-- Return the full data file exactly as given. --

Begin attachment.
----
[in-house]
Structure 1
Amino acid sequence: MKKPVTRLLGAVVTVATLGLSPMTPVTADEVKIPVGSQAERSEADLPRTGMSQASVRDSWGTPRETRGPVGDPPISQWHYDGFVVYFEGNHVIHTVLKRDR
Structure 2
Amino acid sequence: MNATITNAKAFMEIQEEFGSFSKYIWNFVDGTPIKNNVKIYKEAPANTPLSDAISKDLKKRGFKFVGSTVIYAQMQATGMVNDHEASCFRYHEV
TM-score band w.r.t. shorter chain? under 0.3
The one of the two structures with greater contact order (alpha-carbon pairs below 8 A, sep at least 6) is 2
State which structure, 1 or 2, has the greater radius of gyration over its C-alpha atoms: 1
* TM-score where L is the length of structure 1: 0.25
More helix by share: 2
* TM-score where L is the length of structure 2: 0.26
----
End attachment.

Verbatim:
[in-house]
Structure 1
Amino acid sequence: MKKPVTRLLGAVVTVATLGLSPMTPVTADEVKIPVGSQAERSEADLPRTGMSQASVRDSWGTPRETRGPVGDPPISQWHYDGFVVYFEGNHVIHTVLKRDR
Structure 2
Amino acid sequence: MNATITNAKAFMEIQEEFGSFSKYIWNFVDGTPIKNNVKIYKEAPANTPLSDAISKDLKKRGFKFVGSTVIYAQMQATGMVNDHEASCFRYHEV
TM-score band w.r.t. shorter chain? under 0.3
The one of the two structures with greater contact order (alpha-carbon pairs below 8 A, sep at least 6) is 2
State which structure, 1 or 2, has the greater radius of gyration over its C-alpha atoms: 1
* TM-score where L is the length of structure 1: 0.25
More helix by share: 2
* TM-score where L is the length of structure 2: 0.26